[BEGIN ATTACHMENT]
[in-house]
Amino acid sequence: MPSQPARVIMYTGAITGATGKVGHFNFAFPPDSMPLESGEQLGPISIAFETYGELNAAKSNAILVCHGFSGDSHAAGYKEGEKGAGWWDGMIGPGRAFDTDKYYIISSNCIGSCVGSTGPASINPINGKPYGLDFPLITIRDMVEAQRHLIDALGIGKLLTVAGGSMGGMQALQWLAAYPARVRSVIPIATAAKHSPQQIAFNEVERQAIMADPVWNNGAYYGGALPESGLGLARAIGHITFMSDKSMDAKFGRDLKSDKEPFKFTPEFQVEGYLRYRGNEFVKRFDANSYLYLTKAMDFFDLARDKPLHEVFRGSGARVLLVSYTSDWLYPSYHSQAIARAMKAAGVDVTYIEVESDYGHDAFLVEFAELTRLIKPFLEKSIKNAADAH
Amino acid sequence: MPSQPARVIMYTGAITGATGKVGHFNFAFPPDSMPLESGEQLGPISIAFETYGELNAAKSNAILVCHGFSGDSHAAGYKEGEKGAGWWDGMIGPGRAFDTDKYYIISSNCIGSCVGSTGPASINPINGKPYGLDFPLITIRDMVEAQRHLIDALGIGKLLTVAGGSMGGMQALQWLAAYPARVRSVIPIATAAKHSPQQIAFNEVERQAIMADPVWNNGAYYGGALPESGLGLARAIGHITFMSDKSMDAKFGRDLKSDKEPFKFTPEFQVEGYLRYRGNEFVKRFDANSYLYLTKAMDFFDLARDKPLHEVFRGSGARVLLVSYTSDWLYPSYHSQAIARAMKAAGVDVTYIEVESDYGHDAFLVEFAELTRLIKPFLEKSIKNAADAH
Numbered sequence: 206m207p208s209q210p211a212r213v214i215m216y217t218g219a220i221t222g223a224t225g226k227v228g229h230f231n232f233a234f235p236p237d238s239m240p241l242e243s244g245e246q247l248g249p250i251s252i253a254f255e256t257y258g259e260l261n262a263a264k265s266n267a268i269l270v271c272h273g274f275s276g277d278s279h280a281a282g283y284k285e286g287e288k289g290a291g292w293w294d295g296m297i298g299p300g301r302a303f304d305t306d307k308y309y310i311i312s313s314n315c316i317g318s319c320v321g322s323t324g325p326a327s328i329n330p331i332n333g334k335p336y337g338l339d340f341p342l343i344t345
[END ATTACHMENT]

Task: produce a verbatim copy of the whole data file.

[in-house]
Amino acid sequence: MPSQPARVIMYTGAITGATGKVGHFNFAFPPDSMPLESGEQLGPISIAFETYGELNAAKSNAILVCHGFSGDSHAAGYKEGEKGAGWWDGMIGPGRAFDTDKYYIISSNCIGSCVGSTGPASINPINGKPYGLDFPLITIRDMVEAQRHLIDALGIGKLLTVAGGSMGGMQALQWLAAYPARVRSVIPIATAAKHSPQQIAFNEVERQAIMADPVWNNGAYYGGALPESGLGLARAIGHITFMSDKSMDAKFGRDLKSDKEPFKFTPEFQVEGYLRYRGNEFVKRFDANSYLYLTKAMDFFDLARDKPLHEVFRGSGARVLLVSYTSDWLYPSYHSQAIARAMKAAGVDVTYIEVESDYGHDAFLVEFAELTRLIKPFLEKSIKNAADAH
Amino acid sequence: MPSQPARVIMYTGAITGATGKVGHFNFAFPPDSMPLESGEQLGPISIAFETYGELNAAKSNAILVCHGFSGDSHAAGYKEGEKGAGWWDGMIGPGRAFDTDKYYIISSNCIGSCVGSTGPASINPINGKPYGLDFPLITIRDMVEAQRHLIDALGIGKLLTVAGGSMGGMQALQWLAAYPARVRSVIPIATAAKHSPQQIAFNEVERQAIMADPVWNNGAYYGGALPESGLGLARAIGHITFMSDKSMDAKFGRDLKSDKEPFKFTPEFQVEGYLRYRGNEFVKRFDANSYLYLTKAMDFFDLARDKPLHEVFRGSGARVLLVSYTSDWLYPSYHSQAIARAMKAAGVDVTYIEVESDYGHDAFLVEFAELTRLIKPFLEKSIKNAADAH
Numbered sequence: 206m207p208s209q210p211a212r213v214i215m216y217t218g219a220i221t222g223a224t225g226k227v228g229h230f231n232f233a234f235p236p237d238s239m240p241l242e243s244g245e246q247l248g249p250i251s252i253a254f255e256t257y258g259e260l261n262a263a264k265s266n267a268i269l270v271c272h273g274f275s276g277d278s279h280a281a282g283y284k285e286g287e288k289g290a291g292w293w294d295g296m297i298g299p300g301r302a303f304d305t306d307k308y309y310i311i312s313s314n315c316i317g318s319c320v321g322s323t324g325p326a327s328i329n330p331i332n333g334k335p336y337g338l339d340f341p342l343i344t345